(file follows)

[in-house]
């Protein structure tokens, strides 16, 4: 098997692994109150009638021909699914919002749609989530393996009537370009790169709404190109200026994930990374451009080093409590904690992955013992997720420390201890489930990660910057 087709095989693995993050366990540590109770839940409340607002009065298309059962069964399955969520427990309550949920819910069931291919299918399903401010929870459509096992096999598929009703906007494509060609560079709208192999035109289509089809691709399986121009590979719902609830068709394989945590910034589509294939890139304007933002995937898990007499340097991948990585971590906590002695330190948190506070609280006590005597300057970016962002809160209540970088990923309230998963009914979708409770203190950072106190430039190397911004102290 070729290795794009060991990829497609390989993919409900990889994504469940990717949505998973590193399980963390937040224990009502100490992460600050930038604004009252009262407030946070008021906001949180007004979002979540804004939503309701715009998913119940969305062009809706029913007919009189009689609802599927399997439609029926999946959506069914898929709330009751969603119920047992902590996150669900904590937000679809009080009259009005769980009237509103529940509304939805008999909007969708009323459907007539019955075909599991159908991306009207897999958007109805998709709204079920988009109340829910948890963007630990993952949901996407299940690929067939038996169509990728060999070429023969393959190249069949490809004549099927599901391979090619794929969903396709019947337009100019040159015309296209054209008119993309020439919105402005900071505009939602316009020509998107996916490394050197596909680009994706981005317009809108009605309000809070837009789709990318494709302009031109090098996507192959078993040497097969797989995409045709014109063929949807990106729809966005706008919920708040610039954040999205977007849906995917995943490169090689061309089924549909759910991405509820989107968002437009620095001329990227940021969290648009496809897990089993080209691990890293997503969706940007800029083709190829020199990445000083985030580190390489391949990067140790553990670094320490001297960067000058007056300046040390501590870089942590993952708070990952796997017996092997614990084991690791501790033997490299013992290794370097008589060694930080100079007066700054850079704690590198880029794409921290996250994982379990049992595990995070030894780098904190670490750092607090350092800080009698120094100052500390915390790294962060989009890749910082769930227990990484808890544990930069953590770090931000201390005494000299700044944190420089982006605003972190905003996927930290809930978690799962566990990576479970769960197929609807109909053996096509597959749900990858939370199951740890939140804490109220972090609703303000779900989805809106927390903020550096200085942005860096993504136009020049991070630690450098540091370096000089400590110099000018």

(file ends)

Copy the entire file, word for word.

[in-house]
């Protein structure tokens, strides 16, 4: 098997692994109150009638021909699914919002749609989530393996009537370009790169709404190109200026994930990374451009080093409590904690992955013992997720420390201890489930990660910057 087709095989693995993050366990540590109770839940409340607002009065298309059962069964399955969520427990309550949920819910069931291919299918399903401010929870459509096992096999598929009703906007494509060609560079709208192999035109289509089809691709399986121009590979719902609830068709394989945590910034589509294939890139304007933002995937898990007499340097991948990585971590906590002695330190948190506070609280006590005597300057970016962002809160209540970088990923309230998963009914979708409770203190950072106190430039190397911004102290 070729290795794009060991990829497609390989993919409900990889994504469940990717949505998973590193399980963390937040224990009502100490992460600050930038604004009252009262407030946070008021906001949180007004979002979540804004939503309701715009998913119940969305062009809706029913007919009189009689609802599927399997439609029926999946959506069914898929709330009751969603119920047992902590996150669900904590937000679809009080009259009005769980009237509103529940509304939805008999909007969708009323459907007539019955075909599991159908991306009207897999958007109805998709709204079920988009109340829910948890963007630990993952949901996407299940690929067939038996169509990728060999070429023969393959190249069949490809004549099927599901391979090619794929969903396709019947337009100019040159015309296209054209008119993309020439919105402005900071505009939602316009020509998107996916490394050197596909680009994706981005317009809108009605309000809070837009789709990318494709302009031109090098996507192959078993040497097969797989995409045709014109063929949807990106729809966005706008919920708040610039954040999205977007849906995917995943490169090689061309089924549909759910991405509820989107968002437009620095001329990227940021969290648009496809897990089993080209691990890293997503969706940007800029083709190829020199990445000083985030580190390489391949990067140790553990670094320490001297960067000058007056300046040390501590870089942590993952708070990952796997017996092997614990084991690791501790033997490299013992290794370097008589060694930080100079007066700054850079704690590198880029794409921290996250994982379990049992595990995070030894780098904190670490750092607090350092800080009698120094100052500390915390790294962060989009890749910082769930227990990484808890544990930069953590770090931000201390005494000299700044944190420089982006605003972190905003996927930290809930978690799962566990990576479970769960197929609807109909053996096509597959749900990858939370199951740890939140804490109220972090609703303000779900989805809106927390903020550096200085942005860096993504136009020049991070630690450098540091370096000089400590110099000018």